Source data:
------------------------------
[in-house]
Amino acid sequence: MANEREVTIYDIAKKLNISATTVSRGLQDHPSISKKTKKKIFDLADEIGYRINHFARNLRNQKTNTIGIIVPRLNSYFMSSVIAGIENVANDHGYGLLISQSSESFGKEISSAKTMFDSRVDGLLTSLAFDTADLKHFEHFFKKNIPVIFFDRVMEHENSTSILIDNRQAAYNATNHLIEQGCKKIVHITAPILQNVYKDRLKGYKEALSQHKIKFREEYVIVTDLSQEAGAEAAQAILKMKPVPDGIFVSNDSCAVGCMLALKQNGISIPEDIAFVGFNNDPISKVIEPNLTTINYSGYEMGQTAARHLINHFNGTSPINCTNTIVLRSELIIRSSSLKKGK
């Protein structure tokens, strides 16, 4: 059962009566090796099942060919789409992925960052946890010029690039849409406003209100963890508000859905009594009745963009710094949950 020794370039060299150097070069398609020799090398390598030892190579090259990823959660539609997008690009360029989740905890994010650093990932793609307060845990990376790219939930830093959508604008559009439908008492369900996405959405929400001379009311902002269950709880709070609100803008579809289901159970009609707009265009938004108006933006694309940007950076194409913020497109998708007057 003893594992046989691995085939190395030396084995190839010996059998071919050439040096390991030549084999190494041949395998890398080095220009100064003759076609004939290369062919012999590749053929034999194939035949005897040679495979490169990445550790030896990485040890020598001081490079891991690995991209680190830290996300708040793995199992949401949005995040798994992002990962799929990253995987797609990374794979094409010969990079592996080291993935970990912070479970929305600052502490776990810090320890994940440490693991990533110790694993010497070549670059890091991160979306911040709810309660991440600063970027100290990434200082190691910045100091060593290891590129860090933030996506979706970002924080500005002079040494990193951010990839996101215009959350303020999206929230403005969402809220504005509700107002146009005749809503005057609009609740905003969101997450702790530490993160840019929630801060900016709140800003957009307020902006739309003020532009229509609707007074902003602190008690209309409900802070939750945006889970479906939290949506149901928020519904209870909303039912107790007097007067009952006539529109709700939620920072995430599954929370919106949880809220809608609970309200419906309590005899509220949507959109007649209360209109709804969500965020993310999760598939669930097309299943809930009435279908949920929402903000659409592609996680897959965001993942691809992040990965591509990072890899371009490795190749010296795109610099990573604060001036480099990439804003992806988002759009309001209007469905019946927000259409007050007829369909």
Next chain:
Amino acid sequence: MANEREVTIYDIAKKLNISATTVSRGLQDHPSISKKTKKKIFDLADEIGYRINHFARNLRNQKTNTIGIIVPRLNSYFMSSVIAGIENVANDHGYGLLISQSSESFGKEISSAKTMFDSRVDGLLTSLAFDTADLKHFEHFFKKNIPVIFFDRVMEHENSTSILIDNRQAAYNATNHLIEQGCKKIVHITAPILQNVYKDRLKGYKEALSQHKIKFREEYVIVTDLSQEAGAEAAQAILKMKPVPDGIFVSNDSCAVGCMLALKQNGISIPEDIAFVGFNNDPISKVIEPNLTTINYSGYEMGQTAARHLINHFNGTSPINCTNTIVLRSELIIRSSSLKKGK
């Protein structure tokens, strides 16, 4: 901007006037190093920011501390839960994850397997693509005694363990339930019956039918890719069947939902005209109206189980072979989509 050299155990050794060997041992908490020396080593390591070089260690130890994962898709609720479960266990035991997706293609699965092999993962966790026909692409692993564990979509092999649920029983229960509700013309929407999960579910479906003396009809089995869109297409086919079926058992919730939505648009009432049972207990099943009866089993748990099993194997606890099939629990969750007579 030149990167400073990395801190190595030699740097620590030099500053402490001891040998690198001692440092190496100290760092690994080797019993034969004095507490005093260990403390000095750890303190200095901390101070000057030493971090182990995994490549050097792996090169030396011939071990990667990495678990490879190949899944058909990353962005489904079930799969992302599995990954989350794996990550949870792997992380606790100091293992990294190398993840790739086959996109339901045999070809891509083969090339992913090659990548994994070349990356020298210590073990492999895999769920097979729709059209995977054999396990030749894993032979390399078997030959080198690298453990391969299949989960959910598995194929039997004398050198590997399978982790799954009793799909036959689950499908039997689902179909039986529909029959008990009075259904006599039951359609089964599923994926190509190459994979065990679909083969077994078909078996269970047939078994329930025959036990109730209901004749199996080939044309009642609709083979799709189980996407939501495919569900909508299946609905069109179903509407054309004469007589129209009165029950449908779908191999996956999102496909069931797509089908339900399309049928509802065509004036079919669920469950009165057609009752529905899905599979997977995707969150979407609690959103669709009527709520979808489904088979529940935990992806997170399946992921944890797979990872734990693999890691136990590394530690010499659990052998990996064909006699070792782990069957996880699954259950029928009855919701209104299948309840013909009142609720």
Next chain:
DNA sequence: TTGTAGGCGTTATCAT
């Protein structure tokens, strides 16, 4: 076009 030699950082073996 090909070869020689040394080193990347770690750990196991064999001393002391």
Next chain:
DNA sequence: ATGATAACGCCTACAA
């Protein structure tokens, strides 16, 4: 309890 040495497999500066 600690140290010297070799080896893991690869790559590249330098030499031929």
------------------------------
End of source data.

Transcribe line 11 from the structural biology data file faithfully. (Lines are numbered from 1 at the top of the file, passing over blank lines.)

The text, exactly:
DNA sequence: ATGATAACGCCTACAA